Dannyjunkfish, if the frog looks fragile, you can use simple hand cream to make the leather more soft.But you have to make this several times, because, especially the first times, the frog "drinks" the cream. One time that the frog has became more soft, you can remove it without problems.In my experience hand cream is a very good system for every object made in leather.
01-31-2015 07:08 AM
Horster was the largest producer of the WWII era 84/98 and even in 43-44, they were still cranking them out when other manufacturers were tailing off. In my experience, late production Horster grips tend to jump around from the dark bakelite to wood and back. Then in 43 you start seeing the redish, orange bakelite. They are that color due to the high use of wood filler used in the mixture. You will also find different shades of wood, from blonde to dark brown.
So, for what ever reason, Horster was still able to source steel for bayonet production, but was having a very hard time finding consistent grip material. I imagine they started using up any old stocks they had and then started buying up what ever material they could from other sources. Someone,such as Andy or Fred, may have exact production codes for when the grips changed and changed back, but I don't. I would say just about any grip material on a late dated Horster could be correct. I also don't believe any late 43 or 44 dated bayonets would have had the time to be issued, used and then sent back for refurbishment and reissue. There were more pressing issues going on that late in the war.
Never, use any petroleum based products on old, dry leather. Yes, it will soften it up and make it more pliable, but years later it will cause it to "rot" or start breaking down the fibers of the leather. Even most hand lotions have some form of petroleum products in them, read the label and you would be surprised. Once leather has dried out there isn't alot you can do with it, but I have had good success with a product called Pecards. It is non-petroleum based and will keep soft leather conditioned with a very light "OCCASIONAL" use. It will soften old dry leather to a point, but once it has been allowed to get brittle, the best advice I can give is treat it with Pecards and handle it very little.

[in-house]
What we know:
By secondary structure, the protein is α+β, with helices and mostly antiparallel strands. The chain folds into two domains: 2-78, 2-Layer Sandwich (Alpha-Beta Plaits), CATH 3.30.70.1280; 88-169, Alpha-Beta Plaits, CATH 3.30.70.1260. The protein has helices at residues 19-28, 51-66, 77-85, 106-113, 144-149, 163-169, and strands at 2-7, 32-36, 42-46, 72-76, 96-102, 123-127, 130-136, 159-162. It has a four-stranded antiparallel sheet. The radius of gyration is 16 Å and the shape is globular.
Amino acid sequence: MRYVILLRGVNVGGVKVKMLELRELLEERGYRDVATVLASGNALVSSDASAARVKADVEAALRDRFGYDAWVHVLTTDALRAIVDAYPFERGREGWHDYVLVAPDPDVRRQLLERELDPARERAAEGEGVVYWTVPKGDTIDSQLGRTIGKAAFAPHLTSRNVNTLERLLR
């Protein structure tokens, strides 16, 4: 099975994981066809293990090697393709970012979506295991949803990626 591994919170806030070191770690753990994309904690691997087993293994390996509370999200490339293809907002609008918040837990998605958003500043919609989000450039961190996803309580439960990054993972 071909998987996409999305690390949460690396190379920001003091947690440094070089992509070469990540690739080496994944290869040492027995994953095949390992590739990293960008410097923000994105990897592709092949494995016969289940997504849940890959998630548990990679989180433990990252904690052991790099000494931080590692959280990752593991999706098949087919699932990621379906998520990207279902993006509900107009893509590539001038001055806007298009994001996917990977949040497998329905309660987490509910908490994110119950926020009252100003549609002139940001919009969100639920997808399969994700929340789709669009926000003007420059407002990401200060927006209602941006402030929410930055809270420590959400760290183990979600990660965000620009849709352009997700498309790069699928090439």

My 43asw with matching numbers has the wooden grips. The one I have doesn't seem to have been refurbished so I presume the grips are its original ones.
Here's a link to it... 43asw 6453hh
as I think .............. scabard is used in yugoslavia,after war ..... like bayonet frog (it may be made or repaired) on rivet is ljubljana - slovenija ( part of yugoslavia)
1943 fze ( F.W Holler )
but wery nice set
Thanks great info.
this bayonet was refresched in former Yugoslavia after 1945. Typical dark blueing and trades. Also the Number of the frog stud is typical yugoslavian. The frog is not the original german conviguration. The strap is yugoslavian and had been added after 1948.
Great Thread Gents
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- Larry C
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Postwar U.S. technical documentation provides some information on the later reddish colored bayonet grips: One of many wartime developments, due to a wartime shortage of phenolic resin a new type of molding compound was developed that used 20 - 25% (varies) of the resin at the beginning of 1943 with specific established physical specifications. It was called the 'Type 41' becoming mandatory if a plastic was to be used for bayonet and pistol grips, rifle hand guards, oil bottles - etc. etc. As Jim P noted there are variations depending on the time period, with my experience being that the earlier examples are redder and have smaller sized wood particles. With the later ones lighter and more of an orange with noticeably larger wood particles as a filler (presumably) compensating for a lesser amount of resin to bind it all together. PS to dagger collectors: While it was earlier, this is also why the cast phenolic resins * for those dagger grips that used it disappeared forcing makers to find substitutes (* Trolon is the brand name for just one specific maker). Best Regards, Fred